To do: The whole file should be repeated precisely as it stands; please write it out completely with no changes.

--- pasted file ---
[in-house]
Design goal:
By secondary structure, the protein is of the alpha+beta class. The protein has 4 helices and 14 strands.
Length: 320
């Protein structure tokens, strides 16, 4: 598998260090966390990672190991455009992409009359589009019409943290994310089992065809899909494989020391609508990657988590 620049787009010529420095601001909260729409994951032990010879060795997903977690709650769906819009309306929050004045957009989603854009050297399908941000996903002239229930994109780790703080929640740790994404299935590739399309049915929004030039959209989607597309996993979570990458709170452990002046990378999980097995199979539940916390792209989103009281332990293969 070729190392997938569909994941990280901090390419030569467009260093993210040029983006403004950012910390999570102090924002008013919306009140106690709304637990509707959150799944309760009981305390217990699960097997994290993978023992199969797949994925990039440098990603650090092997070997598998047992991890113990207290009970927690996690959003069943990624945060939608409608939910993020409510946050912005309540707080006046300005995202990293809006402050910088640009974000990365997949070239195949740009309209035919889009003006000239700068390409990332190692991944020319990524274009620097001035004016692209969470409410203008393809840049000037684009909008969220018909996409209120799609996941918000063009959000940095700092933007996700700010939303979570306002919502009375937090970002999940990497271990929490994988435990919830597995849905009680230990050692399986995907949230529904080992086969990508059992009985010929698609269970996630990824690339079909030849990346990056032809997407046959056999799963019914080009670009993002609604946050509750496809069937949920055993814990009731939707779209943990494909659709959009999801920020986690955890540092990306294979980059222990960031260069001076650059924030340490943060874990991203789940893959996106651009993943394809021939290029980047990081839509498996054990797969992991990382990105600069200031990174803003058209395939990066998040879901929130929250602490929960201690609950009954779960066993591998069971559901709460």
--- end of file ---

[in-house]
Design goal:
By secondary structure, the protein is of the alpha+beta class. The protein has 4 helices and 14 strands.
Length: 320
């Protein structure tokens, strides 16, 4: 598998260090966390990672190991455009992409009359589009019409943290994310089992065809899909494989020391609508990657988590 620049787009010529420095601001909260729409994951032990010879060795997903977690709650769906819009309306929050004045957009989603854009050297399908941000996903002239229930994109780790703080929640740790994404299935590739399309049915929004030039959209989607597309996993979570990458709170452990002046990378999980097995199979539940916390792209989103009281332990293969 070729190392997938569909994941990280901090390419030569467009260093993210040029983006403004950012910390999570102090924002008013919306009140106690709304637990509707959150799944309760009981305390217990699960097997994290993978023992199969797949994925990039440098990603650090092997070997598998047992991890113990207290009970927690996690959003069943990624945060939608409608939910993020409510946050912005309540707080006046300005995202990293809006402050910088640009974000990365997949070239195949740009309209035919889009003006000239700068390409990332190692991944020319990524274009620097001035004016692209969470409410203008393809840049000037684009909008969220018909996409209120799609996941918000063009959000940095700092933007996700700010939303979570306002919502009375937090970002999940990497271990929490994988435990919830597995849905009680230990050692399986995907949230529904080992086969990508059992009985010929698609269970996630990824690339079909030849990346990056032809997407046959056999799963019914080009670009993002609604946050509750496809069937949920055993814990009731939707779209943990494909659709959009999801920020986690955890540092990306294979980059222990960031260069001076650059924030340490943060874990991203789940893959996106651009993943394809021939290029980047990081839509498996054990797969992991990382990105600069200031990174803003058209395939990066998040879901929130929250602490929960201690609950009954779960066993591998069971559901709460």